I hate you.
MOST HELPFUL POSTS
Dove - posted on 06/25/2013
Kelly, I sure hope you are a troll... I've seen some REALLY horrifying responses from you on several posts. Might I suggest some counseling or parenting classes if you are, in fact, not a troll? Your kids will thank you some day.
If that's how you treat a 3 year old.... good luck is all I have to say for the future.
Firebird - posted on 06/20/2013
Both. She said "I hate you" because I reprimanded bad behaviour, so I was doing my job, and it was also a tactical move because she said it to upset me but my response to it didn't give the impression that I was hurt. I wasn't hurt by it either, most small children go through the I hate you phase, and I'm tough enough to simply not let it bother me. There were even times that I laughed at her for saying it. After a couple of months of only occasionally saying it, she gave up realizing that it wasn't guilting me into letting her have her way.
Rick - posted on 06/25/2013
right. Putting words to feelings, and giving kids word to put to feelings is a very important part of building emotional intelligence. ALso 3years old is not too young to teach the difference between "I'm angry" and "I'm mad" (mad is crazy angry). Good age to talk about not reacting to feelings, but making good decisions. Being thoughtful and creative in our responses rather than reactive. A parent can even say, "I'm sorry. I just reacted when you did that and it made me mad." It's not good to be mad. If we react to being angry we can do stupid things. Better to think of a smart, creative thing to do. (and then give an example--even act it out--even make him/her laugh. Humor is great for liberating us from reacting routinely to our feelings.
Angela - posted on 06/25/2013
@ Kelly. How nice - you advise she hits her child! Were YOU hit as an infant aged 3? You certainly weren't adequately educated, your post is full of spelling errors - I almost thought you were only about 3 yourself.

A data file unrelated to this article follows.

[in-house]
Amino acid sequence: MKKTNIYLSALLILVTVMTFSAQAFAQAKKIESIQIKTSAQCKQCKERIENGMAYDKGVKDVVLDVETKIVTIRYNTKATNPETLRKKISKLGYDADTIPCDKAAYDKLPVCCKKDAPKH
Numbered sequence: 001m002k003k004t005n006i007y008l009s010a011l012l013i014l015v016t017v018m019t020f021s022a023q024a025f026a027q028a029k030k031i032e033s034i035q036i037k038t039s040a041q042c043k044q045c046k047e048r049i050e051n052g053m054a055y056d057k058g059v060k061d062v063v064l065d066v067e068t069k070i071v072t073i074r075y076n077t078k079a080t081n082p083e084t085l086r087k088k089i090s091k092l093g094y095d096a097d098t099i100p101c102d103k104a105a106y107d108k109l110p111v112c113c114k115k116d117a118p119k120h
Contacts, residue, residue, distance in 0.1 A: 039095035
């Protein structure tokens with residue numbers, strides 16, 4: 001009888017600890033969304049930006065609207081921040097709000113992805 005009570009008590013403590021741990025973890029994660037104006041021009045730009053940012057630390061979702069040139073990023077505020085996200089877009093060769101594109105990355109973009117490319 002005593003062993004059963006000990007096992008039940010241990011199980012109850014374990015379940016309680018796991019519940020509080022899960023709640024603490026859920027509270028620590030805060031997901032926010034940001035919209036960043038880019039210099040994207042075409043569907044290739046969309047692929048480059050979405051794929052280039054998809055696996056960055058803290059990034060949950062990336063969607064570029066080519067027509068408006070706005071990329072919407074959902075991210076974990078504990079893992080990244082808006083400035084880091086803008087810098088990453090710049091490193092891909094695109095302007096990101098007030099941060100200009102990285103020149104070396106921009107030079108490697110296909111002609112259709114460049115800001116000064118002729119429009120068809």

To Rick Ackerly - Sal Geere and Misty Wyles have given better counsel on this issue, listen to them!
Sal - posted on 06/24/2013
Don't react to those words, it is said as they are 3 and have limited skills on how to respond to certain situations, if you get upset and have a give a ott reaction the behaviour will be reinforced and they'll try it again.. I usually respond by saying that's ok but you still have to eat your dinner pick up your toys or what ever else they are trying to avoid by the confrontation
Kelly - posted on 06/24/2013
Calmly smack them in the mouth and toss them in there room lock the room up i would be mad tell them..."YOU SIT IN HERE AND THINK ABOUT WHAT YOU SAY BEFORE YOU SPEAK U WILL SIT IN HERE INTIL I THINK ITS OK TO COME OUT"!! And take all there toys out of the room say "NO TOYS U DONT DESERVE TOYS"!!! its disaplin not abuse its just a conceqence so do it
Misty - posted on 06/24/2013
My son is now 4 and has told me many times that he hates me over the last year. I can tell you I have never spanked him for this comment. I asked his therapist and she said to try to dig to the root cause. I realized he was saying he hates me when he is mad. I have now learned to ask what he is feeling and explain that it is OK to be mad at mommy but know that even when he is mad at me I still love him. We have also talked to him that hate is not a nice word and now if he hears it anywhere he will make sure to tell me hate is a bad word. He no longer uses that word and now tells me when he is mad at me. No matter if they mean it or not the word does hurt and I think that is the hardest part as a parent but know she does not hate you but probably is trying to figure out how to express her feelings.
~â¥Little Miss - posted on 06/24/2013
UUMMMMMMMMmmmmmm...yeah....remain calm but smack her in the mouth. I do believe that contradicts itself. Smacking will just teach her to hit you instead of saying i hate you.....and hitting her will actually MAKE her hate you. Discipline and physical abuse are 2 different things. Smacking is hitting. Hitting is abuse. It sounds more like ABUSE of power rather than discipline.